In another video, standing in front of a cornfield, Luo advised: “There’s a type of person who seems to like you… But if you want to proceed further, the person would say ‘We’re just friends.’ Let me tell you, only a broken car needs a spare tire. Just break up. No one needs to be a slave to love!”

Below that video were thousands of comments from adoring fans. One left a particularly heartfelt message:

“Gupo, you have really taught me a lot. Thank you for being with me all along. I feel more optimistic after [watching] your videos.”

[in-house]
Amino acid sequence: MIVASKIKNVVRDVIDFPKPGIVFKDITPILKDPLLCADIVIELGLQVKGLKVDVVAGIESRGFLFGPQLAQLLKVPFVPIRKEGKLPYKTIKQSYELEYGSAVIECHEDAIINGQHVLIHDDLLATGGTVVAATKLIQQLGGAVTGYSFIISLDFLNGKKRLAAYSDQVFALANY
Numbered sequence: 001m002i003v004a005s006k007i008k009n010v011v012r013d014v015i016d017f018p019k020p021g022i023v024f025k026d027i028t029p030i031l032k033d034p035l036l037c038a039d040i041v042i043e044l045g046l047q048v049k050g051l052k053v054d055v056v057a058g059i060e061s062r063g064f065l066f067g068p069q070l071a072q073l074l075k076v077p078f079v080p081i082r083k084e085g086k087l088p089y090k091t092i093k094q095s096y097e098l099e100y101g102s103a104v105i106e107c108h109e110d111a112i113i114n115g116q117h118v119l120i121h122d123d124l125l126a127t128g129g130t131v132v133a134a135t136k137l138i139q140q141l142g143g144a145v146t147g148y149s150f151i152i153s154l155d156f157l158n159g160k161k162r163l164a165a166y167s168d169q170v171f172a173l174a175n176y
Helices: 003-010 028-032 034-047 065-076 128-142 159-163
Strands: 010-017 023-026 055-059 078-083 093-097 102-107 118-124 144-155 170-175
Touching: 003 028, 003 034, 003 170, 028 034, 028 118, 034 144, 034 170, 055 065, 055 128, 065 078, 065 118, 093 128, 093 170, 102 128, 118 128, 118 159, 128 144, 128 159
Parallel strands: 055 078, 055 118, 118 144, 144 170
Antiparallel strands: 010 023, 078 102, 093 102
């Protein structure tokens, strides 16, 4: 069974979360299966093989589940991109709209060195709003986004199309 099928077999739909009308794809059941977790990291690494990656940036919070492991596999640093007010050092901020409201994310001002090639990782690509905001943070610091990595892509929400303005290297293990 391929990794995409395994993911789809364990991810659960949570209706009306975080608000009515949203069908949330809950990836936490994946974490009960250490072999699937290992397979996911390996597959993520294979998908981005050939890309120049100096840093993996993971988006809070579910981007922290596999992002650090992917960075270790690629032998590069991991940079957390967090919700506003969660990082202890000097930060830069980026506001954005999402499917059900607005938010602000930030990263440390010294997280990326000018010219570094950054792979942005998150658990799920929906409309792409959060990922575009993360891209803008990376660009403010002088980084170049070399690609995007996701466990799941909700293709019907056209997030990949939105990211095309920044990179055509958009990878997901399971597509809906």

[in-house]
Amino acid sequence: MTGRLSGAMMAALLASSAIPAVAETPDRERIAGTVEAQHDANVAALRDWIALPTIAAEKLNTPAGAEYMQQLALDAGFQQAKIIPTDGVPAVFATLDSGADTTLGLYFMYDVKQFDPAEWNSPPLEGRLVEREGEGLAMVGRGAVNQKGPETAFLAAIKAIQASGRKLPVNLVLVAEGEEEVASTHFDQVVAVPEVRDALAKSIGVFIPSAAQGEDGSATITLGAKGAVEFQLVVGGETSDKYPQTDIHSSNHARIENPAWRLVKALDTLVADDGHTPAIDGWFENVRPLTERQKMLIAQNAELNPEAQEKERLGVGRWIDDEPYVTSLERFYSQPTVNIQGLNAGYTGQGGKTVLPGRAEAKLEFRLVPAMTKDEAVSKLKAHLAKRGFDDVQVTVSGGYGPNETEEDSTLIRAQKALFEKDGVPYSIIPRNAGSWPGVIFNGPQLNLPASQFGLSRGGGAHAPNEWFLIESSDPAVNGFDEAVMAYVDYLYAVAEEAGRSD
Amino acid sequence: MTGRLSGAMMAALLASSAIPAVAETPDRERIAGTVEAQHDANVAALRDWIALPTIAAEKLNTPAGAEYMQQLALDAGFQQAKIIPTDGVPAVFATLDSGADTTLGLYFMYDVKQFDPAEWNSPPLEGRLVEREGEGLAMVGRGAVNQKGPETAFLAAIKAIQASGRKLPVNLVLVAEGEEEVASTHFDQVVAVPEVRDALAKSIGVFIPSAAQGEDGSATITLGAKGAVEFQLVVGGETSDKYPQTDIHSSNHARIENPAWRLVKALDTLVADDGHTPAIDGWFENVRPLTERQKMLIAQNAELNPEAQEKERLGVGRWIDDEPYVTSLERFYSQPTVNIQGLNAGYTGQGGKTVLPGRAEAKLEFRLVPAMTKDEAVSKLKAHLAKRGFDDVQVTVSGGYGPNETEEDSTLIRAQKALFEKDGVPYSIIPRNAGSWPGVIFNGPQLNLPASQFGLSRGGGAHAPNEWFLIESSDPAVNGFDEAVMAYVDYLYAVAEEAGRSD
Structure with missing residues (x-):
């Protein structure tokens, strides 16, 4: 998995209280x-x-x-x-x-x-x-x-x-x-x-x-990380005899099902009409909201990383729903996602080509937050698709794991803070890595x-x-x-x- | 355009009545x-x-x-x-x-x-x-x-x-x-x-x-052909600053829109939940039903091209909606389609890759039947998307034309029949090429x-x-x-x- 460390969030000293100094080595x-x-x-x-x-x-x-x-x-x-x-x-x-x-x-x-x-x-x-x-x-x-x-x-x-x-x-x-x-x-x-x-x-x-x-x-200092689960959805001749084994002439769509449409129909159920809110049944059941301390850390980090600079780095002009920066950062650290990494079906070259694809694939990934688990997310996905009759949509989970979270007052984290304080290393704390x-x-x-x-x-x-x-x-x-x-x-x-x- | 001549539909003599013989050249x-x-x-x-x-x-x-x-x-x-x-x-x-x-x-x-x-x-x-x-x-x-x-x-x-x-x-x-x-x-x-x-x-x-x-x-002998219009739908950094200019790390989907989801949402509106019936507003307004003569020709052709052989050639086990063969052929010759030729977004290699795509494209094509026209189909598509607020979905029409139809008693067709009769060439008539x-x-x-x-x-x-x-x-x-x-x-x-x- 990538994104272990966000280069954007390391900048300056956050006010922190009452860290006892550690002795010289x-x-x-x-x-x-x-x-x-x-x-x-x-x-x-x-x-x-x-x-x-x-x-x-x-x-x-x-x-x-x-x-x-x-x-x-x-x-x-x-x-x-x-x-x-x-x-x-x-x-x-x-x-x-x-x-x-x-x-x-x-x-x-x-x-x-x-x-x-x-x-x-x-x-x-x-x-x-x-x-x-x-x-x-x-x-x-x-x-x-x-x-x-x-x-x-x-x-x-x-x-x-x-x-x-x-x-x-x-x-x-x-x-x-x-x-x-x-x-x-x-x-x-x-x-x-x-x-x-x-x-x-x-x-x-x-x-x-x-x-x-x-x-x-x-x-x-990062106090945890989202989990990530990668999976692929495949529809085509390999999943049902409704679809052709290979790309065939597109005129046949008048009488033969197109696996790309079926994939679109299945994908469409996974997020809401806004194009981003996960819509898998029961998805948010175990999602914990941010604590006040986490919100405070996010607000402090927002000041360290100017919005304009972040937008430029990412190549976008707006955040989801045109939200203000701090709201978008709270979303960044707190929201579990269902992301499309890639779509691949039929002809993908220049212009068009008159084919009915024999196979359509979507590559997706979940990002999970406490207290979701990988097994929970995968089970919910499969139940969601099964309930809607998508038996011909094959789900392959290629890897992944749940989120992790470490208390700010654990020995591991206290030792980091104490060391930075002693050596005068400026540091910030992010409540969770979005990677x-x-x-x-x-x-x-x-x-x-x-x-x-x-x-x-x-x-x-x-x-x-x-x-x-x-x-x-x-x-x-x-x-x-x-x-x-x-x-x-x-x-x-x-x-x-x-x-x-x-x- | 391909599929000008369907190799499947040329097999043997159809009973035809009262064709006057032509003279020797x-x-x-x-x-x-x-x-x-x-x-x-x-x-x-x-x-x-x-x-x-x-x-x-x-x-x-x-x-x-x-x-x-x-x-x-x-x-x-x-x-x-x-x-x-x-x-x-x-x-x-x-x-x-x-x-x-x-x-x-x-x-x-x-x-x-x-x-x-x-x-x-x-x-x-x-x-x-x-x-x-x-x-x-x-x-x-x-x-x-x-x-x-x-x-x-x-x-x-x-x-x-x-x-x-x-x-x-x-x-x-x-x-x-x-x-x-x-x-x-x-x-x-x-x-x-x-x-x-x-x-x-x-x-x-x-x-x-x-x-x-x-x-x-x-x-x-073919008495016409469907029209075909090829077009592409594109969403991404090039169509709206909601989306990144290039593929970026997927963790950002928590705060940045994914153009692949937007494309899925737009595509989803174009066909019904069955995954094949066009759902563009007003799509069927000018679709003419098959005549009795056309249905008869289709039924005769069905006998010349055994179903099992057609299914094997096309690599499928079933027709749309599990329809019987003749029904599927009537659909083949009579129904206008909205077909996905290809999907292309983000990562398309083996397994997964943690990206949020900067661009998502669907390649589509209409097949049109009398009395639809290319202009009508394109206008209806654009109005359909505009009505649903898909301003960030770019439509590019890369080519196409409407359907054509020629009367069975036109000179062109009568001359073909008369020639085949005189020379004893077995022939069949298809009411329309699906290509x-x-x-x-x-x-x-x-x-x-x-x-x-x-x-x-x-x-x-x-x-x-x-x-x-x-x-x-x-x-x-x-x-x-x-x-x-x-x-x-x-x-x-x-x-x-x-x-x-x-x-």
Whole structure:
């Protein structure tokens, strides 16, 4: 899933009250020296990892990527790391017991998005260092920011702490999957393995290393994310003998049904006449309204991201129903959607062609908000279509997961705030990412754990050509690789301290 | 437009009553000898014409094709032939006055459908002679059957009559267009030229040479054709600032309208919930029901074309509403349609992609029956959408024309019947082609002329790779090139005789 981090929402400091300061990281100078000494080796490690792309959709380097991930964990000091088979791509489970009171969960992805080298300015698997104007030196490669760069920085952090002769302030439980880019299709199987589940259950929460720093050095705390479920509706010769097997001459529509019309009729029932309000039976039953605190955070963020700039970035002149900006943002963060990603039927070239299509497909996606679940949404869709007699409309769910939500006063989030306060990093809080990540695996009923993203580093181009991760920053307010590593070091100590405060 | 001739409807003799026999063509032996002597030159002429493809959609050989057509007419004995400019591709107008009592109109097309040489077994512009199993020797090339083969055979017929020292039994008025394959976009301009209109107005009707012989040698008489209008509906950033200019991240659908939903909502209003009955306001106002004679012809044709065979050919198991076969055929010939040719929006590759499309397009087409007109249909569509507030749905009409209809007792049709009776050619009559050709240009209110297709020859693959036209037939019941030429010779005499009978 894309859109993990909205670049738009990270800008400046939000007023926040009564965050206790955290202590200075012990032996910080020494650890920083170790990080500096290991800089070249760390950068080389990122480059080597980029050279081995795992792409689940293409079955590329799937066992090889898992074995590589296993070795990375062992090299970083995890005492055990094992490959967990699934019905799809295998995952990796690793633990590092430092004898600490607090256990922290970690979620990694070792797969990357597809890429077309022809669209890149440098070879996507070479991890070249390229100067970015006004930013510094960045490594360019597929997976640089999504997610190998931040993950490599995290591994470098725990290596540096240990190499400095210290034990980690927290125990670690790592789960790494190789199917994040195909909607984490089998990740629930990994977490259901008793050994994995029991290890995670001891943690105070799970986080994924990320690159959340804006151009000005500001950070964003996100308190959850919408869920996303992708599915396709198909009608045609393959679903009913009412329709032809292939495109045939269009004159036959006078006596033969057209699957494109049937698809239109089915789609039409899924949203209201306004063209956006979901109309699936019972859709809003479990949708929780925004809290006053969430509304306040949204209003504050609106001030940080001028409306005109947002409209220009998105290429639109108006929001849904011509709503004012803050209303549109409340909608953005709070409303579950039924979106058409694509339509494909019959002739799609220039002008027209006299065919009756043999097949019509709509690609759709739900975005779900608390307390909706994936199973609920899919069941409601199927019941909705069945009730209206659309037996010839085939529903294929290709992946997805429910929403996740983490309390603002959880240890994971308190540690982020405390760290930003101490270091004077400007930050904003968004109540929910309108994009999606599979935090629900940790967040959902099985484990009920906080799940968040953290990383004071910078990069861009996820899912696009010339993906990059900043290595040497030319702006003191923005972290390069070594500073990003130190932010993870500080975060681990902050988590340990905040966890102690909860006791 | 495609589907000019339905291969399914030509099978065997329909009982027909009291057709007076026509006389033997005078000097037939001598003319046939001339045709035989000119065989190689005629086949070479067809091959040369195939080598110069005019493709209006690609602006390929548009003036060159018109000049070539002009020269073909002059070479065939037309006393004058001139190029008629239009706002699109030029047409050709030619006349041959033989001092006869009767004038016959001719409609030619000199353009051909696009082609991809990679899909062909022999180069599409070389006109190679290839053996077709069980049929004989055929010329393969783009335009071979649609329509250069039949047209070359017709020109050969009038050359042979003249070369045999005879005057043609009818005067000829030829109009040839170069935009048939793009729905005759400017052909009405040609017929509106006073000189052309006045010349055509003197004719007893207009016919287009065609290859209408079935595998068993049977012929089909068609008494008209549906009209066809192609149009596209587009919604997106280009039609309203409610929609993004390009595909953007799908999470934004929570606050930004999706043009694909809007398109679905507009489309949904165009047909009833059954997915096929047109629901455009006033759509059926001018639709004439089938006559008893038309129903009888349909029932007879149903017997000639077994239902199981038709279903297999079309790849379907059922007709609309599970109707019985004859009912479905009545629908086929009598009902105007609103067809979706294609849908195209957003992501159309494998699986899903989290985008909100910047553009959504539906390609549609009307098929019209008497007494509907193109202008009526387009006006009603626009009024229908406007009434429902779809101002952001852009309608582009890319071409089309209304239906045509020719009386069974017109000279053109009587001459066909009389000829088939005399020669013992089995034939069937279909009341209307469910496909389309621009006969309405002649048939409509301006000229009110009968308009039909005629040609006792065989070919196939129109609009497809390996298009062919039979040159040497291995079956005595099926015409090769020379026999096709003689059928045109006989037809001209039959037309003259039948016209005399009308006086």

Like many social media stars who’ve found overnight fame on the internet, many of these older stars have seen their lives changed, for better or worse.

Benliang told Beijing News last year that tips from his live-streaming fans have helped him pay for his child’s college education. But he also said he now has to fend off nosy reporters and strangers looking for donations.

“The villagers don’t understand,” he said. “They thought millions of fans equals millions of yuan.”

For more insights into China tech, sign up for our tech newsletters, subscribe to our Inside China Tech podcast, and download the comprehensive 2019 China Internet Report. Also roam China Tech City, an award-winning interactive digital map at our sister site Abacus.